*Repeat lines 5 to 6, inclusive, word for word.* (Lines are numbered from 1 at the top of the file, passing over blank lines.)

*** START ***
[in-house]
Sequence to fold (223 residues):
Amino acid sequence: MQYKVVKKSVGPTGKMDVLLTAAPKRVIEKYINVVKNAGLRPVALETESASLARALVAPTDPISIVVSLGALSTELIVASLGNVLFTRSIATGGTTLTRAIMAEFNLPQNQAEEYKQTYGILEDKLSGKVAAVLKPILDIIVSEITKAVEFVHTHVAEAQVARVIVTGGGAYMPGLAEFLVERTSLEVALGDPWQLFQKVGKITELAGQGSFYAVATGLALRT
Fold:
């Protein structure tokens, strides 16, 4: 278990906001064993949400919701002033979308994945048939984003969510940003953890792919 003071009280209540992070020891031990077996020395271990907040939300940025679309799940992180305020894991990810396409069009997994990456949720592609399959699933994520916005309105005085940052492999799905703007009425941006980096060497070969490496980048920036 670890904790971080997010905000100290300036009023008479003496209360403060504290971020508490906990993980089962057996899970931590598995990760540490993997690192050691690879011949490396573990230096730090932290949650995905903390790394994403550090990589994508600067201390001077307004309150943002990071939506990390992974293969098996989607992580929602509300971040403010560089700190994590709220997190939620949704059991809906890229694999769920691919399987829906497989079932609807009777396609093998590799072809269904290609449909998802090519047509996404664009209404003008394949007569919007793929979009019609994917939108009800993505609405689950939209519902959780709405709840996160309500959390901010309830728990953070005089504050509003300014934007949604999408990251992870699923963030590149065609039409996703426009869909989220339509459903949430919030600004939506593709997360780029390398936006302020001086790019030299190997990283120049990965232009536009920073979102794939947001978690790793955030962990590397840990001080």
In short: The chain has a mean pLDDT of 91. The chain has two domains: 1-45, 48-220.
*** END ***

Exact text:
């Protein structure tokens, strides 16, 4: 278990906001064993949400919701002033979308994945048939984003969510940003953890792919 003071009280209540992070020891031990077996020395271990907040939300940025679309799940992180305020894991990810396409069009997994990456949720592609399959699933994520916005309105005085940052492999799905703007009425941006980096060497070969490496980048920036 670890904790971080997010905000100290300036009023008479003496209360403060504290971020508490906990993980089962057996899970931590598995990760540490993997690192050691690879011949490396573990230096730090932290949650995905903390790394994403550090990589994508600067201390001077307004309150943002990071939506990390992974293969098996989607992580929602509300971040403010560089700190994590709220997190939620949704059991809906890229694999769920691919399987829906497989079932609807009777396609093998590799072809269904290609449909998802090519047509996404664009209404003008394949007569919007793929979009019609994917939108009800993505609405689950939209519902959780709405709840996160309500959390901010309830728990953070005089504050509003300014934007949604999408990251992870699923963030590149065609039409996703426009869909989220339509459903949430919030600004939506593709997360780029390398936006302020001086790019030299190997990283120049990965232009536009920073979102794939947001978690790793955030962990590397840990001080």
In short: The chain has a mean pLDDT of 91. The chain has two domains: 1-45, 48-220.